“This is a terrible loss, and we mourn the passing of a member of our Guild’s family,” the statement added.

12:32 p.m. ET, October 22, 2021

Union representing entertainment workers says it's "heartbroken and devastated" over Hutchins death

From CNN’s Kay Jones and Eric Fiegel

The union that represents entertainment workers said it is “heartbroken and devastated” to learn of the death of one of its members, Halyna Hutchins.

“Our entire alliance mourns this unspeakable loss with Halyna’s family, friends, and the Rust crew,” according to a statement from the International Alliance of Theatrical Stage Employees, Moving Picture Technicians, Artists and Allied Crafts of the United States, Its Territories and Canada (IATSE).

IATSE also says that it’s activating their partnerships to provide support and resources to those who may need it.

“Creating a culture of safety requires relentless vigilance from every one of us, day in and day out. Please, if you see something, say something,” the statement said.

It also asked that anyone who feels unsafe on set to reach out through their safety hotline or their safety info app. 

Hutchins was killed on Thursday after a prop firearm was discharged on the set of the movie "Rust."

12:08 p.m. ET, October 22, 2021

Alec Baldwin makes first statement on New Mexico shooting

From CNN’s Chloe Melas, Sandra Gonzalez and Andy Rose

Alec Baldwin has made his first public statement since a fatal shooting on the set of his new film on Thursday.

"There are no words to convey my shock and sadness regarding the tragic accident that took the life of Halyna Hutchins, a wife, mother and deeply admired colleague of ours," Baldwin tweeted on Friday. "I'm fully cooperating with the police investigation to address how this tragedy occurred and I am in touch with her husband, offering my support to him and his family. My heart is broken for her husband, their son, and all who knew and loved Halyna."

The actor was in New Mexico filming his western film "Rust," which he's starring in and producing. He discharged a prop firearm on the set, which resulted in the death of Halyna Hutchins, 42, the film's director of photography. 

The film’s director Joel Souza, 48, was also injured in the incident.

The incident happened at about 1:50 p.m. local time Thursday, investigators said. The Santa Fe County Sheriff's Office said the investigation "remains open and active" and no charges have been filed."

According to investigators, it appears that the scene being filmed involved the use of a prop firearm when it was discharged, a statement from law enforcement said. "Detectives are investigating how and what type of projectile was discharged."

This type of incident has happened before on sets. While filming the movie "The Crow" in 1993, actor Brandon Lee, the son of Bruce Lee, was killed when struck by a bullet from a gun that was supposed to have just blanks, but had a bullet lodged in the barrel.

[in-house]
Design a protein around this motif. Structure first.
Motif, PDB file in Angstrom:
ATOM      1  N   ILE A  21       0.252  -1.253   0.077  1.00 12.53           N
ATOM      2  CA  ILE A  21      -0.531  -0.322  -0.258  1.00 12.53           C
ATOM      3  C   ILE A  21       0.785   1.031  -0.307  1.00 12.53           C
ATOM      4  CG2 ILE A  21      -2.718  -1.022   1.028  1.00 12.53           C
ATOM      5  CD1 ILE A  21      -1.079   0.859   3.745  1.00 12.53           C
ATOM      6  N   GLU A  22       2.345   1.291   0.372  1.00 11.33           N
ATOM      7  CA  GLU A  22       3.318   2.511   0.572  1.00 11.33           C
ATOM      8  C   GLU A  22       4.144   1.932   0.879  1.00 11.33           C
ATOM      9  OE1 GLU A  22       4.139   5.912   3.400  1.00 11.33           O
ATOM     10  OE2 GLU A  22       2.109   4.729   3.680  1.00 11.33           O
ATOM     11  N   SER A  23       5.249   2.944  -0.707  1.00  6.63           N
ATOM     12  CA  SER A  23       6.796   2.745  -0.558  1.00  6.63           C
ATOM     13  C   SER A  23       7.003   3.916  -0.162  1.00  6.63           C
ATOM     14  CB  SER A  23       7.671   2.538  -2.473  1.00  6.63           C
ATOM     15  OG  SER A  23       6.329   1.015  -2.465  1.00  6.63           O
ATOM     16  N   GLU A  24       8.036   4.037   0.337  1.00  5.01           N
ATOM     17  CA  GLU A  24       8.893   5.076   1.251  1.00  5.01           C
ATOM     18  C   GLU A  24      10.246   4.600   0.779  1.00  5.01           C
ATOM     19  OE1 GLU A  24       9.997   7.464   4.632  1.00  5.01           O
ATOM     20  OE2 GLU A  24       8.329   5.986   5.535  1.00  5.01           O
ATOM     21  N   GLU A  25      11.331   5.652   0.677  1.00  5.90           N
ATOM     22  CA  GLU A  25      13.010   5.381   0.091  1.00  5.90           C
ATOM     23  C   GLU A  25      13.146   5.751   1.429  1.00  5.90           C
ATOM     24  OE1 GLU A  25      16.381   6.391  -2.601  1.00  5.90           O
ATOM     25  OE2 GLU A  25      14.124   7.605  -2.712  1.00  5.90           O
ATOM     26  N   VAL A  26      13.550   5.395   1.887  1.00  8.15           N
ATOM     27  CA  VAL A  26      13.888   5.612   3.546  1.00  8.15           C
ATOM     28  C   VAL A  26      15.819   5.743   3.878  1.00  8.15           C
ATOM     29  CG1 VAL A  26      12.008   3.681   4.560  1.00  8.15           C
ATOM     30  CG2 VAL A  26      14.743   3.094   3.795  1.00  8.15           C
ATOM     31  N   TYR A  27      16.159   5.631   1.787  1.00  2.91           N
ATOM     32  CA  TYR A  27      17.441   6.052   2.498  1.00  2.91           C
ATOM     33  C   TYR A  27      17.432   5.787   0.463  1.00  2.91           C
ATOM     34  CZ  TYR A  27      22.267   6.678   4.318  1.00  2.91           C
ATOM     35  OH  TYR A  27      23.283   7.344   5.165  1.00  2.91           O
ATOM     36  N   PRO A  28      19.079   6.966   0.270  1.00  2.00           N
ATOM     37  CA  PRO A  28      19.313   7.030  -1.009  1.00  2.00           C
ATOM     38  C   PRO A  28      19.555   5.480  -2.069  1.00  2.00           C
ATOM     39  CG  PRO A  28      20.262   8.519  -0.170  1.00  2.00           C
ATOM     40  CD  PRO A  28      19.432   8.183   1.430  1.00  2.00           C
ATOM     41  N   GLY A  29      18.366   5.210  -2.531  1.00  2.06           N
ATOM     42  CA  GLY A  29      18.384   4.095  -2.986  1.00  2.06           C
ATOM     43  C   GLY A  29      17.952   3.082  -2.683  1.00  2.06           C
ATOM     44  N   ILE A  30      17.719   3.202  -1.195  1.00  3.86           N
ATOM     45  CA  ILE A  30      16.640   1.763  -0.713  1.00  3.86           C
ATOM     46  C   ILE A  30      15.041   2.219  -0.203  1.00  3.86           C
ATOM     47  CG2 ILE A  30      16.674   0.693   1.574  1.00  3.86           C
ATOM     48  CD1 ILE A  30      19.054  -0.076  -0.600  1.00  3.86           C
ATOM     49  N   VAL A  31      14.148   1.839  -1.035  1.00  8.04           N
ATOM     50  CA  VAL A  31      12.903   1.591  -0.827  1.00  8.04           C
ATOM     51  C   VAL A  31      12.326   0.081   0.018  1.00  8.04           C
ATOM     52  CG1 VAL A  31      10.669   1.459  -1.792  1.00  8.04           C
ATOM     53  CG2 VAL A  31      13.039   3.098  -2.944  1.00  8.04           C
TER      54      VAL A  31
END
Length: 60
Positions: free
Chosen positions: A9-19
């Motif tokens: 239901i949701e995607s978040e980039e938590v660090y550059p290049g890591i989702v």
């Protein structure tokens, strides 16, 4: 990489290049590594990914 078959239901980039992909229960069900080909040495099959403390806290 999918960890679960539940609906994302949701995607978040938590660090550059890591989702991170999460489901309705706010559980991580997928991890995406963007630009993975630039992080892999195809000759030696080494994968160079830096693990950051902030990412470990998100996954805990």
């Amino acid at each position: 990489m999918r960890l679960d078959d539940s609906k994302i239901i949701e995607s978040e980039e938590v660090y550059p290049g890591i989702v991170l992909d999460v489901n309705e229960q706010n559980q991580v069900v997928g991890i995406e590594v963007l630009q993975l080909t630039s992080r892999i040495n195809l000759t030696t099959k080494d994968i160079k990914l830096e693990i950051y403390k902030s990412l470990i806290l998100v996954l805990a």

Even blanks can be deadly if fired at very close range. In 1984, actor John-Erik Hexum was playing around with a gun on the set of "Cover Up: Golden Opportunity" and died after putting the gun to his head and pulling the trigger.

9:58 a.m. ET, October 22, 2021

Halyna Hutchins "was really making a name for herself as a cinematographer," journalist says

Halyna Hutchins attends the SAGindie Sundance Filmmakers Reception in Park City, Utah, in 2019.
Halyna Hutchins attends the SAGindie Sundance Filmmakers Reception in Park City, Utah, in 2019. (Fred Hayes/Getty Images)

A crew member, who died after actor Alec Baldwin discharged a prop firearm on the set of the movie "Rust" in New Mexico on Thursday, was identified as director of photography Halyna Hutchins.

The 42-year-old "was just in love with movies and movie-making," said filmmaker and journalist Jim Hemphill, who profiled Hutchins in 2019 as part of a feature on rising cinematographers.

"She grew up on a Soviet military base where there wasn't much to do but watch movies. So she fell in love with movies at a young age, came over here, was really making a name for herself as a cinematographer of genre movies. She was known for action films and horror films. It is just a devastating loss, I think, to everybody in the cinematography community," Hemphill told CNN.

Hutchins studied journalism and worked on documentaries in the United Kingdom before she went into filmmaking, he added.

"That led her to come over here to the US to work in a film industry where she kind of brought that eye that she had from documentaries and nonfiction filmmaking to action movies and horror movies. They had this sort of immediacy and realism as well as this eye for beauty that she had and it was a really unique look," Hemphill said Friday. "It was really announcing her as somebody to watch."

10:49 a.m. ET, October 22, 2021

A prop master explains how a prop gun can be dangerous

A film crew member died and another was injured after actor Alec Baldwin discharged a prop firearm on the set of the movie "Rust" in New Mexico on Thursday, authorities said.

But how can a prop gun kill someone?

"Prop weapons do have a dangerous factor to them even though they're a lot safer than using a live firearm on set," says Joseph Fisher, a prop master who works on movie sets and has handled weapons in the military and with the NYPD. "Typical prop load will be about 25 to 50% of the gunpowder in an actual projectile load that would be used in a regular weapon."

Even though there is no actual physical projectile mounted on the cartridge, there will be gas, heat and air coming out of the weapon since there is gunpowder load present, "and those can cause physical injury within 25 to 50 feet, depending on the load," Fisher added.

Fisher said those on set "take extreme caution with any kind of weapons, whether they be prop guns, blank guns, and anything in between. 

"Typically, we will do a safety brief with the cast and crew. We'll introduce the weapon to the cast and crew, we'll let them examine it, we'll explain the safety precautions that go with each type of prop weapon," he told CNN.

In a scene involving prop guns, "we do safety distances, we try to keep the actors slightly misaligned with the weapon, so that if the person firing the weapon is firing straight this way, the other actor in frame is just slightly off," Fisher explained.

Read more about prop guns and how they can be deadly here.